Putty setting is speeded up by wetting off - spraying the re-puttied window with water or flicking it on with a paint brush. This also makes subsequent cleaning much easier - putty smears can set very firmly if not wetted off promptly.
The only problem I have had with un-sprigged glass and fresh putty was on a very hot day near a busy hill - fresh putty is slightly thixotropic and the combination of heat and traffic vibrations caused it to run and sag.
Putty should always be fresh, not older than 2 or 3 weeks. Look for the date mark on the lid. If there isn't one then don't buy it.
It is best bought from a glass or builders merchant where rapid turnover means freshness.
It is worst bought from a DIY superstore where it may have been on the shelf for months.
When newly opened there should be no trace of oil and even less should there be any sort of skin or setting. It should be possible to stick your hand straight in and pull some out cleanly without it sticking. If not perfect then throw it away (or take it back to the shop) - it's not expensive.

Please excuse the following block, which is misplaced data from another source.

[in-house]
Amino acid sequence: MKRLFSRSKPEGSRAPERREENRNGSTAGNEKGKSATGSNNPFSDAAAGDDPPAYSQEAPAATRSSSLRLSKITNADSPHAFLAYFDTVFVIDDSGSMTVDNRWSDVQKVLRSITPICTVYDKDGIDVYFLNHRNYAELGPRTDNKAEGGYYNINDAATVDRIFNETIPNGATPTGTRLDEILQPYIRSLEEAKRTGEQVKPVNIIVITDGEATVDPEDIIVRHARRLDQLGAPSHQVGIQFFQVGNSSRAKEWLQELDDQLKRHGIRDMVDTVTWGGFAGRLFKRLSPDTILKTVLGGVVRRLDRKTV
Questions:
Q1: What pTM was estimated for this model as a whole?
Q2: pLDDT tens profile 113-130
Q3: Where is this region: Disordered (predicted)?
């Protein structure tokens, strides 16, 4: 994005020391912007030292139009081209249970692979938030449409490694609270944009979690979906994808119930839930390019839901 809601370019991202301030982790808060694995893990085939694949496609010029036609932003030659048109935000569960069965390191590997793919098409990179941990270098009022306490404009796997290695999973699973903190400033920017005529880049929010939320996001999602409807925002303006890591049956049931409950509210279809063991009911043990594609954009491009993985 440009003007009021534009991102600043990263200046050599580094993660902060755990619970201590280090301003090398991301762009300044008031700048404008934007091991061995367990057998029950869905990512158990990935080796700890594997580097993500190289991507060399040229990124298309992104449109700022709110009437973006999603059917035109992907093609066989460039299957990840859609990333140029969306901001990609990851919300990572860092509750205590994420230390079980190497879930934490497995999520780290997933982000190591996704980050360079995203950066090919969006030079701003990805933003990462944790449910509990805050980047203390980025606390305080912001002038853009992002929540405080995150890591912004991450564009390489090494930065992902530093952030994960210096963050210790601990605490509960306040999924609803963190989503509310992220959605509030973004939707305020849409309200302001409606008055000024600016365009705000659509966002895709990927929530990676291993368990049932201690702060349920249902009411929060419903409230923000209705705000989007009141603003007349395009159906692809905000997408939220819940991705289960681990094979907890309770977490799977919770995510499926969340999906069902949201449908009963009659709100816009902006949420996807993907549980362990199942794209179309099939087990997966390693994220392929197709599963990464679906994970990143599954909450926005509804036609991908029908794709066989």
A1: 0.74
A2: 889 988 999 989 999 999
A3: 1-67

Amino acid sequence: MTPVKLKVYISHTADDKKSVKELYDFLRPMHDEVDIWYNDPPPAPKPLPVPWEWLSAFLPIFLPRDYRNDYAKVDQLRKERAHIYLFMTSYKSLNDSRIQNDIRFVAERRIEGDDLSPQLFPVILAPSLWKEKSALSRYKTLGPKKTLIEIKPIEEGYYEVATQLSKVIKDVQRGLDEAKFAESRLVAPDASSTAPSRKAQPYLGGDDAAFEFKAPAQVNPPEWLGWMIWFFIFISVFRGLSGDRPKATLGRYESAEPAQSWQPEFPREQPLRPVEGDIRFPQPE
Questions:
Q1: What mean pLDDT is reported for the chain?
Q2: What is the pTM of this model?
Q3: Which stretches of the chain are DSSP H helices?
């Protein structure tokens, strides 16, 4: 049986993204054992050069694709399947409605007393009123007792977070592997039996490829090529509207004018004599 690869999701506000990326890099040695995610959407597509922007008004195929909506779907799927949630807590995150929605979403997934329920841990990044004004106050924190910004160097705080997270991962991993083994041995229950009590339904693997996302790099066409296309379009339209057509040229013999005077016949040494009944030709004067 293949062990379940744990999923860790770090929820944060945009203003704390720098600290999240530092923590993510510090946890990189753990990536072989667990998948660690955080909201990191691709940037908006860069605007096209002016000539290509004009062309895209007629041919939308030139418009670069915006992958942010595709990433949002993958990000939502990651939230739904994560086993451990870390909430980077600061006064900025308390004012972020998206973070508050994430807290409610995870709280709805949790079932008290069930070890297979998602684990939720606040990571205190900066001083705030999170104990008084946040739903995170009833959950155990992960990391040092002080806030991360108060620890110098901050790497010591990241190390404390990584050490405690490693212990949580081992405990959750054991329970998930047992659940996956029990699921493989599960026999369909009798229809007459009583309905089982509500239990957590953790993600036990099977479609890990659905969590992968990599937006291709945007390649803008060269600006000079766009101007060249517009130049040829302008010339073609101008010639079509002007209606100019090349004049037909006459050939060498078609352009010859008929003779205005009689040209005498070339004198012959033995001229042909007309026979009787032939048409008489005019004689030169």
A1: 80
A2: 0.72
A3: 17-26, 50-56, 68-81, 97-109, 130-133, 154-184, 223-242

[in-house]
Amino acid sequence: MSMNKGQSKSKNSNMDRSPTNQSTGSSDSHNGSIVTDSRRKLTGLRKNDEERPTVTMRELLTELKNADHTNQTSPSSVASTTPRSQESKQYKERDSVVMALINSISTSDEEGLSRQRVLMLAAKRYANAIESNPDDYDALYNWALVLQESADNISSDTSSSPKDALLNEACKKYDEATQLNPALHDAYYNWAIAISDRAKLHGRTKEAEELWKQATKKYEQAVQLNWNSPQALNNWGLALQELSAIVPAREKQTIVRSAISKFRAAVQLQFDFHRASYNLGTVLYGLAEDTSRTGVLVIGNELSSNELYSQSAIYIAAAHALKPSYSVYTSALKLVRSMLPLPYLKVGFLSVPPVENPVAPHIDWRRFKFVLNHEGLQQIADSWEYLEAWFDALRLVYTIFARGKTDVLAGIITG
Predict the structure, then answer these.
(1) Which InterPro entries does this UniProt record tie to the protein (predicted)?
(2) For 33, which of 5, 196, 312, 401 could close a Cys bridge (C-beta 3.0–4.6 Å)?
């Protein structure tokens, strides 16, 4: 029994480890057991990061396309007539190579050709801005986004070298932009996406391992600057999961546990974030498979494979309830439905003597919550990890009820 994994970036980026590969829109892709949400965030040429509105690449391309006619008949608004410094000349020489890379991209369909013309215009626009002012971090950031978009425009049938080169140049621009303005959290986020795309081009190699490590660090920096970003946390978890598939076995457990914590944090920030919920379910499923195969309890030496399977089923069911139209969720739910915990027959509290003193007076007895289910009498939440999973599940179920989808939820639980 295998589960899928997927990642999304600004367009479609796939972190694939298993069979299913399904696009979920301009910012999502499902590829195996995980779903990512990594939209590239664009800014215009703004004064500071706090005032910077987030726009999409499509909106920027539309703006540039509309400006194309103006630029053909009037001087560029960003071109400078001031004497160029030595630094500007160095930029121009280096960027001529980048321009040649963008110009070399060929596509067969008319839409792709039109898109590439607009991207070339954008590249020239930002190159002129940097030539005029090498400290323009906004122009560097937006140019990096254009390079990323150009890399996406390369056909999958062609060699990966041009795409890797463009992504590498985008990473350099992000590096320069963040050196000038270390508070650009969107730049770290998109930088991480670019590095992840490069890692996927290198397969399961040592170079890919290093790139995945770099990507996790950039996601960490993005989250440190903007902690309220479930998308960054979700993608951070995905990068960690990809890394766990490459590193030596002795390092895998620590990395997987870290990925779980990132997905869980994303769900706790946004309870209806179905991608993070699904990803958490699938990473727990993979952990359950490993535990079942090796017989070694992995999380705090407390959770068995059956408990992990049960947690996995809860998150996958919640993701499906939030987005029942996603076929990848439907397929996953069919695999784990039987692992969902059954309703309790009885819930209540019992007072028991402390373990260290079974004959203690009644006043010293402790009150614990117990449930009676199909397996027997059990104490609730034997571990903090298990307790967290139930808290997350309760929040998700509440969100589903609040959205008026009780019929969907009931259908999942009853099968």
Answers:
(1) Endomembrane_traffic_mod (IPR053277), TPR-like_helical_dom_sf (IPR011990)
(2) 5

Rebates should be recently primed and the glass should be clean and dust free. The glass is pressed into a thin bed of back putty - but not too thin, say 2mm minimum.
I find it easier to complete one fillet at a time, i.e. to finish one edge perfectly before starting another - starting the next without touching the one before and not going back at all. Also I always start on the most difficult edge, furthest away or needing left hand etc. so that it gets easier as you go. I've tried various tools and have settled on a 1.5 inch stainless steel paint scraper for preference. I keep it clean with steel wool and the edge and corners are very slightly rounded off and so don't scratch.